Interplanetary scintillation observations, as well as the ENLIL 3D-MHD model when employed either separately or in combination with the observations, enable the making of predictions of the solar wind density and speed at locations in the inner heliosphere. Both methods are utilized here to predict the arrival at the Rosetta spacecraft and its adjacent comet 67P/Churyumov-Gerasimenko of, flare related, interplanetary propagating shocks and coronal mass ejections in September 2014. The predictions of density and speed variations at the comet are successfully matched with signatures recorded by the magnetometer and the ion and electron sensor instruments in the Rosetta Plasma Package, thereby providing confidence that the signatures recorded aboard the spacecraft were solar related. The plasma perturbations which were detected some 9-10 days after significant flaring in September 2014 are interpreted to have been signatures of the arrivals of three coronal mass ejection related shocks at the comet. Also, a solar energetic particle event was recorded at 3.7 AU within ~30 min of the onset of a flare by the Standard Radiation Monitor aboard Rosetta.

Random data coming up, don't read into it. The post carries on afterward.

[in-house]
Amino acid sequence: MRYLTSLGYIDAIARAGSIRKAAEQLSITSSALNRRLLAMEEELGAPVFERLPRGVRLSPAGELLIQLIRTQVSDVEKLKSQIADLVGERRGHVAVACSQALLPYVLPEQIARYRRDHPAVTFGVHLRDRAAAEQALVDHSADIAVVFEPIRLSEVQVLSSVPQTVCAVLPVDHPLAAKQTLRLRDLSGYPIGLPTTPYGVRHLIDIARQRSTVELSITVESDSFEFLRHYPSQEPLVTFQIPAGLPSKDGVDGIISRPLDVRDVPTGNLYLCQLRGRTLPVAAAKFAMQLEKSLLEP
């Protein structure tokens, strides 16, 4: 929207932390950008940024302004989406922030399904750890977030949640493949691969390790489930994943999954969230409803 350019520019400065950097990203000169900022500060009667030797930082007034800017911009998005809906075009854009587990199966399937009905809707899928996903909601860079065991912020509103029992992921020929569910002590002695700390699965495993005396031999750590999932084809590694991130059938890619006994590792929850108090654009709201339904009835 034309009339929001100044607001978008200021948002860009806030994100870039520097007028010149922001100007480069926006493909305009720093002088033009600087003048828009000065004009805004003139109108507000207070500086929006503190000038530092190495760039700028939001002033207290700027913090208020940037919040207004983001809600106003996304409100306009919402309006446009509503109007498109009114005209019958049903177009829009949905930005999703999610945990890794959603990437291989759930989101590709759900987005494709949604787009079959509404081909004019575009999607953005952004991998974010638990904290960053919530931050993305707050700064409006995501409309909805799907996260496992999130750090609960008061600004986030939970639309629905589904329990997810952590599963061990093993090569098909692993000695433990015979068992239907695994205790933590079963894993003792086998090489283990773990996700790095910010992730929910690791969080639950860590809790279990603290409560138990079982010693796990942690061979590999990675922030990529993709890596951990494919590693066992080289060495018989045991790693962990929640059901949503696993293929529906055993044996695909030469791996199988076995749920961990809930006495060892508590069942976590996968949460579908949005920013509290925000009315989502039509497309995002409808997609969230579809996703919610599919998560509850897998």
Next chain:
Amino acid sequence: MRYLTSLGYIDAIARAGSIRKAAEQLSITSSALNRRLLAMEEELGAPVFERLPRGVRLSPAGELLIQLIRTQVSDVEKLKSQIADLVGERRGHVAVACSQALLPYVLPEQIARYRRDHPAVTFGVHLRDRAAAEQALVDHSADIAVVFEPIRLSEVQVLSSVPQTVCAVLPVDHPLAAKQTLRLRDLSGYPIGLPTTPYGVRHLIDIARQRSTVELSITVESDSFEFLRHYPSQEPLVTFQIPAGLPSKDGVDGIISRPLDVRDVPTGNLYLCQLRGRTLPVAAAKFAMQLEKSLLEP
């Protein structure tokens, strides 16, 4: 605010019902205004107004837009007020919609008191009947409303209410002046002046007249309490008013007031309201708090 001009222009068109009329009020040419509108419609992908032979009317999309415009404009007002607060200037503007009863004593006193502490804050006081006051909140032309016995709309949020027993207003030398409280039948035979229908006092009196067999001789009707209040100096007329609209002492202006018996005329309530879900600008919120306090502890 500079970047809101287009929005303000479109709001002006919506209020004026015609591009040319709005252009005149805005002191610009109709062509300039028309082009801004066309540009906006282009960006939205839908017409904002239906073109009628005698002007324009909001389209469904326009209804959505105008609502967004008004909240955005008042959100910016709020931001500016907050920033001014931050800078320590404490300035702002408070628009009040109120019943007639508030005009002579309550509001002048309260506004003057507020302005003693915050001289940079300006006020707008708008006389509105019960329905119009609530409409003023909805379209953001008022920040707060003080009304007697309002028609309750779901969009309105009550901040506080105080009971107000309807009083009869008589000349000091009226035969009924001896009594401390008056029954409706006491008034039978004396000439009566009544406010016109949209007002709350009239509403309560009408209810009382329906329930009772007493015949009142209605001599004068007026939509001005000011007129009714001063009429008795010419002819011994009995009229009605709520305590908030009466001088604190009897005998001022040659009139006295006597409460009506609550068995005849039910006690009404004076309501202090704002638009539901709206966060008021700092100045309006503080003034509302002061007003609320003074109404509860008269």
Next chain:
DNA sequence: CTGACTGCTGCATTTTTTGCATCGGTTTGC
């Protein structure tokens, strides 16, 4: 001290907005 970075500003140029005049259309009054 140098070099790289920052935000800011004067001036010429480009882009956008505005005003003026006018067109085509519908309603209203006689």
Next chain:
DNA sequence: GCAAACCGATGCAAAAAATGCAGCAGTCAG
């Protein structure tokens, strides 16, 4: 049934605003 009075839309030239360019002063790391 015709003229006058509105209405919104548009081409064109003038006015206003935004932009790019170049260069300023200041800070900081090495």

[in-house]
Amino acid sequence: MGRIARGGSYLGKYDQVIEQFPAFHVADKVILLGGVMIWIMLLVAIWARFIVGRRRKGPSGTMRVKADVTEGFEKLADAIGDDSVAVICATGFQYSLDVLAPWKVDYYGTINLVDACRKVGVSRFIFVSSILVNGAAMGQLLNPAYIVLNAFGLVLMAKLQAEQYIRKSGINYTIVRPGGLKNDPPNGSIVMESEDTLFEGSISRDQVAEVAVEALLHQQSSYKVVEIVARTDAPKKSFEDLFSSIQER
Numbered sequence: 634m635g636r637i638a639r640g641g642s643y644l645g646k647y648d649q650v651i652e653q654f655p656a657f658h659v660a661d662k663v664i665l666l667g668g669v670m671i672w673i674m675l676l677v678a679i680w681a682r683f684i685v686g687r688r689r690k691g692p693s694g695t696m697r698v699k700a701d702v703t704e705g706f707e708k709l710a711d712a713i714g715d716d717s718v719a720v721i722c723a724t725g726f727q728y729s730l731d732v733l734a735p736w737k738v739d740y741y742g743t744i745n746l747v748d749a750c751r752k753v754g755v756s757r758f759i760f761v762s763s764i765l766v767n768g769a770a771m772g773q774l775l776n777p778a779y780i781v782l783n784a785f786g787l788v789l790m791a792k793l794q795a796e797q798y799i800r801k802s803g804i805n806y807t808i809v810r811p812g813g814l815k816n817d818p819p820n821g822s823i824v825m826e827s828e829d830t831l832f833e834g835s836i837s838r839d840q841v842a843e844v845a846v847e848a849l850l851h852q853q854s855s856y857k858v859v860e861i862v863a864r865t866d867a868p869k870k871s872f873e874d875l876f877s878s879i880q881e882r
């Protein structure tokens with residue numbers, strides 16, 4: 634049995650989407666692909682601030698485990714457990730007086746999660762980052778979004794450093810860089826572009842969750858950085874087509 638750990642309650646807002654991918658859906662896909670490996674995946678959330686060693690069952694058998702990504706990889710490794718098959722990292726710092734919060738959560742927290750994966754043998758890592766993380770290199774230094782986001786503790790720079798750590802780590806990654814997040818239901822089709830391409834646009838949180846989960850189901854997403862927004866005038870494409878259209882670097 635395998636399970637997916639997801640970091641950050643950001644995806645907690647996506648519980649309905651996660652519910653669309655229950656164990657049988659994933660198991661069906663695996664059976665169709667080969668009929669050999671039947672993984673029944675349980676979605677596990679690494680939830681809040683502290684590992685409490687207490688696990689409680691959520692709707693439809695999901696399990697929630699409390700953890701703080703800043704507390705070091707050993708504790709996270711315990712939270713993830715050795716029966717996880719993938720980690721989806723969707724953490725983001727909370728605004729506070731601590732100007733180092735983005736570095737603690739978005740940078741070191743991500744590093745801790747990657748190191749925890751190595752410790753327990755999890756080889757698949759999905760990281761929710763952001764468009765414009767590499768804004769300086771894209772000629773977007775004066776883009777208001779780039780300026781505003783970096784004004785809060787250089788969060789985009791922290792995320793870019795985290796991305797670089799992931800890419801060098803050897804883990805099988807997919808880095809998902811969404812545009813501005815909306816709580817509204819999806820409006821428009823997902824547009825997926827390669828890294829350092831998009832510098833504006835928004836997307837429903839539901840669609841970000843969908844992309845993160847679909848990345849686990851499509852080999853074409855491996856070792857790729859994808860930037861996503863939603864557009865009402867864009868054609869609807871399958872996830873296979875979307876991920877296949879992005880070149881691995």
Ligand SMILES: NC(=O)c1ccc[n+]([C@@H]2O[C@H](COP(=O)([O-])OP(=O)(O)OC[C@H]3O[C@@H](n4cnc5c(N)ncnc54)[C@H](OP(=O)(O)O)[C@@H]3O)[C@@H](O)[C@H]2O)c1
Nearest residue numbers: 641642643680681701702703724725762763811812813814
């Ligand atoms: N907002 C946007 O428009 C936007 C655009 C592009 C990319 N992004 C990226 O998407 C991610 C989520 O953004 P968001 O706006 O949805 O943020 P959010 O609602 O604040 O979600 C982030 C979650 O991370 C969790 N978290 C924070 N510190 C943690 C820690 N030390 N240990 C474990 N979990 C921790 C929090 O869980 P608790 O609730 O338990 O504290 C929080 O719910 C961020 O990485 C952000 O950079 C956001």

|Journal||Earth, Moon and Planets|
|State||Published - 5 Jan 2016|
- Comet Churyumov
- Coronal mass ejections
- ENLIL modeling
- Interplanetary scintillation technique
- Rosetta Mission